7 takeaways on Behavioural Economics, Psychometrics and Nudging

By Rodrigo Rocha

Psychology and behavioural sciences can help us understand the role our character and personality play in our decision-making processes, especially the choices that impact our financial lives. Understanding the importance of character has been shown to lead to better outcomes in the field of credit and collection for both consumers and financial services providers. 

Here are 7 takeaways from the “Behavioural Economics, Psychometrics and Nudging” roundtable at the Ciclo de Riesgo event in Colombia. 

  1. People don’t always make rational decisions and that’s part of being human. Our choices are often influenced by our character, personality and lived experiences. Character traits have shown a direct relationship with behavioural outcomes.

  2. Behavioural economics has long been studied to identify ‘willingness to pay traits’ with a view to use them for a marketing or consumer angle, but similar principles apply on ‘willingness to repay traits’ and this can be applied to improve credit outcomes.


  3. Psychometrics sounds new, but it has been around for a long time, and is used frequently in industries such as recruitment, selection of members of government agencies and public forces, definition of public health policies, guidance in selection of studies and professional career, among other uses.

    Psychometrics essentially it refers to the ability to measure psychological traits. Psychometric assessments can objectively measure and quantify variables such as abilities, skills, knowledge, attitudes or personality traits.

  4. Focusing on the right traits is integral to building predictive analytics tools. Personality traits and behavioural characteristics that can help better predict risk include Conscientiousness, Risk Aversion, Honesty, Ambition and Fluid Intelligence among others.  
  5. Mental accounting is one example of a natural control system of the brain that people employ to put barriers to temptation. It refers to the tendency of individuals to treat money differently based on how it is designated or labelled in their minds. Mental accounting can also influence how people perceive the value of money, and how they prioritize different financial goals. For example, someone who is saving up for a big-ticket item like a car or a house may be more motivated to save when they have designated that money for that specific purpose, rather than simply trying to save more in general.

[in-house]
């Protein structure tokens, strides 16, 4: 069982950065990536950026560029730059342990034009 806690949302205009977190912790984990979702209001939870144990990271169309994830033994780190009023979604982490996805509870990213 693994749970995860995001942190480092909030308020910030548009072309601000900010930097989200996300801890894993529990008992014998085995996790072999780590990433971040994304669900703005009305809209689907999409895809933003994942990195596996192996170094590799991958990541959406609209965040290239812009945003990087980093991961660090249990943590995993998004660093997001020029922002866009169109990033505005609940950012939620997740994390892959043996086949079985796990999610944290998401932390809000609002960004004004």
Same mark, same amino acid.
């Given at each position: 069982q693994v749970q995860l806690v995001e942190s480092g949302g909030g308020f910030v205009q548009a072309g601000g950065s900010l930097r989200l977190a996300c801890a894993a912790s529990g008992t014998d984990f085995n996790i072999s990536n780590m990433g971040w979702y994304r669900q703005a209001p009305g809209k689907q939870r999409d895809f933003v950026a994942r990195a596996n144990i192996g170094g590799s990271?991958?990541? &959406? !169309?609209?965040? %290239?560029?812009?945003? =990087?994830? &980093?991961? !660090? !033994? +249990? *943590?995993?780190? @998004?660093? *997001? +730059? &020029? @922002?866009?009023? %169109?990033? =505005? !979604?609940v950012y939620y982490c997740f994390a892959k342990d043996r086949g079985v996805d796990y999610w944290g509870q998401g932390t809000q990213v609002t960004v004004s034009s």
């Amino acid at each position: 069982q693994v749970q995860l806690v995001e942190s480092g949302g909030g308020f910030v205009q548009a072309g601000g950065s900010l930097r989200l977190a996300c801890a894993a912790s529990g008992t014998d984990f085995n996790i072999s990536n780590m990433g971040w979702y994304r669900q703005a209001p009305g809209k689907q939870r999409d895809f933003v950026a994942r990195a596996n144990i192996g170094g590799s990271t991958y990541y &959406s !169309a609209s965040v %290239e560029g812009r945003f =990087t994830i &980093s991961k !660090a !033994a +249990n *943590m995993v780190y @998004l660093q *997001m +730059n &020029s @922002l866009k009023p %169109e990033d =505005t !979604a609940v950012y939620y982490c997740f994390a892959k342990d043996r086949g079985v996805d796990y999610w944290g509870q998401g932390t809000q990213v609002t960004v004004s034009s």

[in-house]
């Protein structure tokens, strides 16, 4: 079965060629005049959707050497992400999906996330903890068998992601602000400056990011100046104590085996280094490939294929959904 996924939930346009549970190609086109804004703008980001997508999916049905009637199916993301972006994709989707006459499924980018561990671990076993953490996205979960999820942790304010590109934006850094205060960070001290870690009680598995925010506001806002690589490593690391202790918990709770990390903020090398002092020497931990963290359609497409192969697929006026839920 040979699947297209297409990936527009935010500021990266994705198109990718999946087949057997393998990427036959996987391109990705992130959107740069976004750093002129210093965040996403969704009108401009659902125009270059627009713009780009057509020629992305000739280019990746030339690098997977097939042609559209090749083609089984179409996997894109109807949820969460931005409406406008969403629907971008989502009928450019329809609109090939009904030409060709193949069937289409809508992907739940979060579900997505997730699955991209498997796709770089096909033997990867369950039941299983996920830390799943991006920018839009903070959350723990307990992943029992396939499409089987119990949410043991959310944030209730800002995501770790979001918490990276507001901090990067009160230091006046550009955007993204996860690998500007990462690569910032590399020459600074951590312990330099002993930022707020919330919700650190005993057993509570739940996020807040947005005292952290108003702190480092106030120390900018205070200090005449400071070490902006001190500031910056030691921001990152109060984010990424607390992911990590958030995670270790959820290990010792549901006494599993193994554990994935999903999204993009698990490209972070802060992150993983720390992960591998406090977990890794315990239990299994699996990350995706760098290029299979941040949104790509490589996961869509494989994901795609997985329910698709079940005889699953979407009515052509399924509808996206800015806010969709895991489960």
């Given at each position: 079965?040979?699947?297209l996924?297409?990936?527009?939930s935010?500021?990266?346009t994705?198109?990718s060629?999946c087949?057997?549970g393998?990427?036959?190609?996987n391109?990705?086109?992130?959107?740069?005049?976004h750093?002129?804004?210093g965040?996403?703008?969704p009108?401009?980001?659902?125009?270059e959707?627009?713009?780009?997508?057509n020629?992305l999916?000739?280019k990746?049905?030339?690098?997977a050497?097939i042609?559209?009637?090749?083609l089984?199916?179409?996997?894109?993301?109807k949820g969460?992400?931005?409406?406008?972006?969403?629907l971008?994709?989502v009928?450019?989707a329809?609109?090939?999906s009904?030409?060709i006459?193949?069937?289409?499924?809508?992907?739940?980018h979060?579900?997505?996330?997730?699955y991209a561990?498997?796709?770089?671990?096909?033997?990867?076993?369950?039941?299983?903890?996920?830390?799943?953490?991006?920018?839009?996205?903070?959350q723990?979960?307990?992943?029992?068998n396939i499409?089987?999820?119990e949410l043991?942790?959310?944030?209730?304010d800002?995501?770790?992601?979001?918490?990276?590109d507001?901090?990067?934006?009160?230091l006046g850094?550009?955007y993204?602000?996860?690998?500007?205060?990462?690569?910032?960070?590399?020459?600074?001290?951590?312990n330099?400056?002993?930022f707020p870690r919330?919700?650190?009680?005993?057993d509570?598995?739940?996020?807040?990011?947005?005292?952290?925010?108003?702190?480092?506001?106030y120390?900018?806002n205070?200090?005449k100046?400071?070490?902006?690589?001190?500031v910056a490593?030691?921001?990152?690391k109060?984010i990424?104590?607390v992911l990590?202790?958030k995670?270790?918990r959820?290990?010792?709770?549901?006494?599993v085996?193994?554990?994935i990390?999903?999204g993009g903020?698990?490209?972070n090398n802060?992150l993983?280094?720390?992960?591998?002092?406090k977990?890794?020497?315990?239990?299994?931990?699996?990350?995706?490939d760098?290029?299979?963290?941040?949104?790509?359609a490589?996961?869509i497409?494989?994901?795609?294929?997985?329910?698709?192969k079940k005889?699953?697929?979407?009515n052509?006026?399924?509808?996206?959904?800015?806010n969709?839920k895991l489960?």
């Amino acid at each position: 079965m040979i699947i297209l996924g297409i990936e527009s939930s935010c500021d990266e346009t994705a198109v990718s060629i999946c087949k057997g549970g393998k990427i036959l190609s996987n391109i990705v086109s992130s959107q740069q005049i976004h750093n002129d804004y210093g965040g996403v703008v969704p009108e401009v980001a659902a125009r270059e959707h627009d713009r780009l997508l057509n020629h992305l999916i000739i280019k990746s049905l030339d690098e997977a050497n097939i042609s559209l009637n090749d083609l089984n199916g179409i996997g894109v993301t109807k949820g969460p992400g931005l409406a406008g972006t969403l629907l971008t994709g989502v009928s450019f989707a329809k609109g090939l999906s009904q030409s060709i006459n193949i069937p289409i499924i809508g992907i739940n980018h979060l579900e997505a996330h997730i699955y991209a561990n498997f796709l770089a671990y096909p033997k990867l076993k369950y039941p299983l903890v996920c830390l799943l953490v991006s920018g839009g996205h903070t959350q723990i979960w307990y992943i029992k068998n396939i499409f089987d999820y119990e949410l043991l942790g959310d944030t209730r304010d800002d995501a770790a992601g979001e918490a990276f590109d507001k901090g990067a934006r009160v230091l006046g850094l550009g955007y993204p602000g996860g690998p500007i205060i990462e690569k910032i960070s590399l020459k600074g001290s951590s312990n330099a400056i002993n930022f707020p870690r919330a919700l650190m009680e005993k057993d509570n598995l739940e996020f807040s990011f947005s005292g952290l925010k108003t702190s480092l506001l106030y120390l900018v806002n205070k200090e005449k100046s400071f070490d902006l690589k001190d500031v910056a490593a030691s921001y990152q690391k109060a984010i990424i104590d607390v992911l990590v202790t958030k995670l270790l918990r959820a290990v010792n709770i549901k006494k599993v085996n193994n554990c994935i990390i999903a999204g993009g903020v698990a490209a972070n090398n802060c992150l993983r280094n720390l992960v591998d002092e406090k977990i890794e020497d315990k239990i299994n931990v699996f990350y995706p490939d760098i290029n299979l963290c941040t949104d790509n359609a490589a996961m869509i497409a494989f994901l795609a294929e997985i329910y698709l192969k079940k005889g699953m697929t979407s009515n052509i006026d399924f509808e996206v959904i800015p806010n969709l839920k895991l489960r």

6. Nudging’ and choice architecture are concepts in behavioural economics that aim to influence people’s decisions by altering the context in which choices are made. Nudging involves making subtle changes to the environment or presentation of options to encourage a particular behaviour or choice, while choice architecture refers to the design of the choice environment to make certain options more appealing or prominent. Overall, these concepts are aimed at promoting better decision-making by taking advantage of human biases and heuristics, while still allowing individuals to make choices that align with their preferences and values.

    While nudging is intended to encourage positive behaviour or choices by making them easier or more attractive, ‘Sludging’ involves intentionally creating barriers or obstacles to discourage or impede certain behaviours or choices. For example, setting the default selection for the user to obtain the highest rate of insurance that they do not need, or making it unnecessarily difficult to cancel a subscription service.

  7. What impact does our cultural, geographical, and socioeconomic background have on our personality?  Overall, our background and experiences can shape our personality in complex ways, influencing our attitudes, behaviours, and self-concept. While these factors do not necessarily determine our personality traits or outcomes, they can play an important role in shaping our development and shaping our interactions with the world around us.


    However, people of the same background can also have vastly different personalities, for example, siblings or members of the same family may grow in the same geographical, cultural, and socio-economic environment but often make very different decisions and have very different personalities as well. All of this can be captured in a psychometric assessment and provide insights into credit risk.  


Want to know more about our solutions?

Leave us your details and we'll be in touch.

Read more from our blog